Loughborough University
Leicestershire, UK
LE11 3TU
+44 (0)1509 263171
Loughborough University

School of Sport, Exercise and Health Sciences

School staff

Matthew TG Pain

Dr Matthew Pain

Reader in Biomechanics

Tel +44 (0)1509 226327

Location UU.1.07


Frame from video Dr Matt Pain talks about his research

After completing his degree in Physics with Astrophysics at Leicester University, Matt obtained an MSc in Applied Geophysics from Birmingham University. He then started in the Biomechanics Lab at Birmingham University before moving to carry on his postgraduate studies in biomechanics at Penn State University in the USA where he graduated with a PhD in 1999.

Matt started as a Lecturer at Loughborough University in 2000, was promoted to senior lecturer in 2007 and Reader in Biomechanics in 2013.

His research has led to him being involved with dozens of television and radio programmes, including the Royal Institute Christmas Lectures and BBC's Horizon, and presenting his work at the Science Museum.

Whilst at Loughborough Matt developed the first MSc in Sports Biomechanics in the UK and ran it for five years.  He was then Programme director for the Sport and Exercise Science BSc for six years, and is now in charge of Education for the National Centre for Sport and Exercise Medicine East Midlands.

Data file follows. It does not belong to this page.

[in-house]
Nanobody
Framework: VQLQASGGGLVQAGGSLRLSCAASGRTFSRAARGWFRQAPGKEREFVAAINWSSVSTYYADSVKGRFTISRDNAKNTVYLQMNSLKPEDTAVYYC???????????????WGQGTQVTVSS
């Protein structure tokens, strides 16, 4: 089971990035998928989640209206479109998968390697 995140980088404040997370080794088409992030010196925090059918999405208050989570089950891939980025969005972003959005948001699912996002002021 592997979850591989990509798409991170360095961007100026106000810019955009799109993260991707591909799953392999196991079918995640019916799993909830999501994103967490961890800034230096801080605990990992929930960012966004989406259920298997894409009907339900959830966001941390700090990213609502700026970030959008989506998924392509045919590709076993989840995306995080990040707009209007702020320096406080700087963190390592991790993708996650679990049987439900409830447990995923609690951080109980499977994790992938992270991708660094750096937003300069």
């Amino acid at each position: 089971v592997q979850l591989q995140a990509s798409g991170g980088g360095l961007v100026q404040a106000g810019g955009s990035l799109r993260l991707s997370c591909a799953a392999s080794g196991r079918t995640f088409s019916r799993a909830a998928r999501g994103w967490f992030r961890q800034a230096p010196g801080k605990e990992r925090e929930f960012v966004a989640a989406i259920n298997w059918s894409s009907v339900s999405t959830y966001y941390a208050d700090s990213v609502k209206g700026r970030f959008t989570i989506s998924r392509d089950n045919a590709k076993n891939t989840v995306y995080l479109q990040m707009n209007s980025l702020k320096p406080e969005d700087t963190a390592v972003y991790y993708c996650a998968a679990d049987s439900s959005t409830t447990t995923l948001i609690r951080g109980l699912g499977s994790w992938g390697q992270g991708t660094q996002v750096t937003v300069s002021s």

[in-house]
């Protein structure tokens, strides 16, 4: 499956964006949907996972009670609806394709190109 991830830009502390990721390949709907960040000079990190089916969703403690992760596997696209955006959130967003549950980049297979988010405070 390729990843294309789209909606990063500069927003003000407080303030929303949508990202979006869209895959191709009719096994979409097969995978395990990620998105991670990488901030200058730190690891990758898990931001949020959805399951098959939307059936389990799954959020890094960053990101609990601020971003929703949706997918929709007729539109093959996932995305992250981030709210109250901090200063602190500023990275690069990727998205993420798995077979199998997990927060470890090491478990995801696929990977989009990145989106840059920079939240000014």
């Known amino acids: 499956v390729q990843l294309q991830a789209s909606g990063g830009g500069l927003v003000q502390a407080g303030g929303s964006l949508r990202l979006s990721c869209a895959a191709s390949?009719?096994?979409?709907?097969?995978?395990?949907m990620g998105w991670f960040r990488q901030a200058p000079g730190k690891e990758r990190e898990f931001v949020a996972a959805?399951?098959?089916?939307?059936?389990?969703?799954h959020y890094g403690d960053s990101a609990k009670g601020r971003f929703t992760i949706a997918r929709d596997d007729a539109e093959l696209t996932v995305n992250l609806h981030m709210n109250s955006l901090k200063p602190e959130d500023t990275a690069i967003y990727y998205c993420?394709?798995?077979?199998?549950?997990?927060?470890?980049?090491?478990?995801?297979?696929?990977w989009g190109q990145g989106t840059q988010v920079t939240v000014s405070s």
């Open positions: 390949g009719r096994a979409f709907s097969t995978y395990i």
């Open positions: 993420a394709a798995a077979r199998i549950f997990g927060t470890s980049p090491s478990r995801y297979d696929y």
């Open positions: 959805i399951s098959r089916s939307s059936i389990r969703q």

Matt's sporting interests are the martial arts in which he has been training for 30 years.


Matt's research interests are in developing a greater understanding of maximal volitional human performance during dynamic actions in sport and everyday living by studying the biomechanical, neuromuscular and neural factors that underpin such performance.  The key areas I have been working on are soft tissue motion during impacts, gross human response to impacts, maximal voluntary and stimulated muscular actions and their neural control.  These are all fundamental areas underlying performance and injury mechanisms in combat, contact and power-based sports, as well as being relevant to the neuro-muscular performance in other dynamic events such as jumping, sprinting and weightlifting.  These have led naturally to further research developing in the area of motor control, specifically in timing coordination limits and the control of balance, which are essential to dynamic human movement.

This research utilises: 3D motion measurement of intra-limb motion and whole body movements; surface electromyography and neuromuscular stimulation; iso-velocity torque measurements of strength and power; medical imaging; force and pressure measurements from human-surface interactions; and computer simulations.

Matt has published 50 peer reviewed academic journal papers, supervised 10 PhD students to completion and given dozens of invited presentations.  He has secured grant income of over £300,000 as PI and over £2.25 million as CI in the last 10 years for capital equipment and research projects and in the areas of sport, exercise, health and engineering. 

He has also worked with over a dozen sports as a consultant on a wide range of projects to monitor and improve athlete performance and been an expert witness in major criminal cases regarding the biomechanics of injury causation and human movement. 

External activities